Executive Summary Under current law, up to $11.7 million per person (or $23.4 million for married couples) can be gifted or transferred upon death, tax-free. Generally, a Portability Election for the unused amount of this exclusion (i.e. DSUE) would allow the surviving spouse to utilize the unused portion in addition to their own $11.7 million […]
Under current law, up to $11.7 million per person (or $23.4 million for married couples) can be gifted or transferred upon death, tax-free. Generally, a Portability Election for the unused amount of this exclusion (i.e. DSUE) would allow the surviving spouse to utilize the unused portion in addition to their own $11.7 million exclusion. Failure to make the Portability Election in a timely manner does not automatically disqualify one from utilizing this valuable election. The IRS provides for an extended period of relief to make a delinquent election under certain circumstances.
The current lifetime Estate and Gift Tax Exclusion is $11.7 million per person ($23.4 million for married couples that wish to make tax free transfers of wealth). This amount is adjusted for inflation annually, but it is set to expire at the end of 2025, and will be decreased to ~$6.5 million (2010 exclusion of $5 million indexed for inflation).
If a taxpayer dies with a residual estate, $11.7 million of the estate value can be excluded from transfer or inheritance taxes, reduced by the amounts that were gifted or transferred during the decedent’s lifetime. Furthermore, there may not even be a requirement to file an Estate Inheritance Tax Return (Form 706).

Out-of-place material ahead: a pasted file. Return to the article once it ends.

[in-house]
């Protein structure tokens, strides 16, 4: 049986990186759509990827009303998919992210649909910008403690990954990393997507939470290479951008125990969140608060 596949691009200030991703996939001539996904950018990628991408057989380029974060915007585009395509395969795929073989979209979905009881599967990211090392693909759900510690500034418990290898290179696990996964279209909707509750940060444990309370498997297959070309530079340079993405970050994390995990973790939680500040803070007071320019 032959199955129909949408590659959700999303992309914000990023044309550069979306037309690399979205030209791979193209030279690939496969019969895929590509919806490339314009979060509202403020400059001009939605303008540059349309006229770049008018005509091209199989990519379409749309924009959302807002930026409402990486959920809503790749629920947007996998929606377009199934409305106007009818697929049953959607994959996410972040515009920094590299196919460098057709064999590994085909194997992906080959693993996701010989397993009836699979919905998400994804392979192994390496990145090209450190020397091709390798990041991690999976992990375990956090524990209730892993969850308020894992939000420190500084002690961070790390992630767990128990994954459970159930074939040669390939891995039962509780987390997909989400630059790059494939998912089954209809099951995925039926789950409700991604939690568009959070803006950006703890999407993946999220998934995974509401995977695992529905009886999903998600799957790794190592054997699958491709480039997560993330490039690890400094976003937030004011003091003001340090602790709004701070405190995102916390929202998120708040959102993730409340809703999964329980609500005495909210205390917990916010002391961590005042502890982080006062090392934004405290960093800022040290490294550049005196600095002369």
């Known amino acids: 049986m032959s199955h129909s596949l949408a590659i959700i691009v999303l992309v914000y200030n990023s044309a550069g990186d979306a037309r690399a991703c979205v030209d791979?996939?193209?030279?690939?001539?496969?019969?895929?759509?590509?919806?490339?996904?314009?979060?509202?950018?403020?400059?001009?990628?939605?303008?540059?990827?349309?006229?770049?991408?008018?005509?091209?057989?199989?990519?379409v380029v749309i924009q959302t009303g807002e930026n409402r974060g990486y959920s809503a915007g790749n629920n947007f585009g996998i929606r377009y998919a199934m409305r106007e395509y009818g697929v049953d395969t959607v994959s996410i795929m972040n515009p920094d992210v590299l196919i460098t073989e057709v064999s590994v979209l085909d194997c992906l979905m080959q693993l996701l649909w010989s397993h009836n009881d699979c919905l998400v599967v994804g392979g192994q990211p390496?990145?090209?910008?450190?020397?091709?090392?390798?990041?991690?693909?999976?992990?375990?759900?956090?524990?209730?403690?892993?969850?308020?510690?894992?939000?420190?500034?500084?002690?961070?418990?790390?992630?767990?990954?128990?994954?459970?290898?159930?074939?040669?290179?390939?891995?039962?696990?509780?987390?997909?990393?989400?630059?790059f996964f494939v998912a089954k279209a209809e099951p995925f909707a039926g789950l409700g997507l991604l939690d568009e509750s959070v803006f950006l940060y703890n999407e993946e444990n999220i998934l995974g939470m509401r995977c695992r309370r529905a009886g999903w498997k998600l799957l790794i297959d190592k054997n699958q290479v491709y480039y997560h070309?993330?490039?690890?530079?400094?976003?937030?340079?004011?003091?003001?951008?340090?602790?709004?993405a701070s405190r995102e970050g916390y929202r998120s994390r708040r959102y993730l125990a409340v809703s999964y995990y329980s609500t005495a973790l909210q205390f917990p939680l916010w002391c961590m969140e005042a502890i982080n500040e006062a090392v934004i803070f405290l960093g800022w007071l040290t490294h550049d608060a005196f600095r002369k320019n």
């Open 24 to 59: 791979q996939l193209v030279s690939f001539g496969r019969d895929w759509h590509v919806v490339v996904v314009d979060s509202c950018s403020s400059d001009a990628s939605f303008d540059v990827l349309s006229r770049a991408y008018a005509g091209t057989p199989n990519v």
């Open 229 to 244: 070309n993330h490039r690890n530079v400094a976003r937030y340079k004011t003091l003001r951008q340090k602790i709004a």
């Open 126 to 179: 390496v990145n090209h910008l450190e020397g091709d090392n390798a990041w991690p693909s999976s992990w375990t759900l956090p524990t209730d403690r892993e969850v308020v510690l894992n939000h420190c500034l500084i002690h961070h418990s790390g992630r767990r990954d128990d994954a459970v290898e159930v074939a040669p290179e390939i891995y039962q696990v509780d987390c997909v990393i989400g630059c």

The Portability Election of the DSUE (deceased spouse unused exclusion) is the ability to preserve and port over a decedent’s unused lifetime exclusion to the surviving spouse. The surviving spouse can then apply this DSUE received against any tax liability arising from subsequent lifetime gifts of the spouse or transfers upon death of the spouse. The ported exclusion amount does not get indexed for inflation or changes in law.
This Election can have enormous implications on Gift and Estate Transfer Taxes given that the tax rate for transfer taxes is exceedingly high (40%). The election is submitted with a timely filed Estate Inheritance Tax Return (Form 706) upon the death of a taxpayer. The beneficiaries will ultimately pay the price in the form of additional estate taxes if no portability election is invoked.
If a Portability Election was not made because the Estate was below the taxable threshold, and as a result the Inheritance tax return was deemed unnecessary, there may still be time for this election. The IRS provides for an extended period of relief to port over the DSUE to the surviving spouse depending on the facts and circumstances unique to the situation. We encourage you to reach out and discuss with the tax professionals at Fasten Halberstam LLP.
Other Tax and Estate Planning Considerations
We also recommend that taxpayers consider gifting strategies to transfer wealth to the next generation in a tax beneficial manner given that the estate transfer tax rate can be as high as 40%.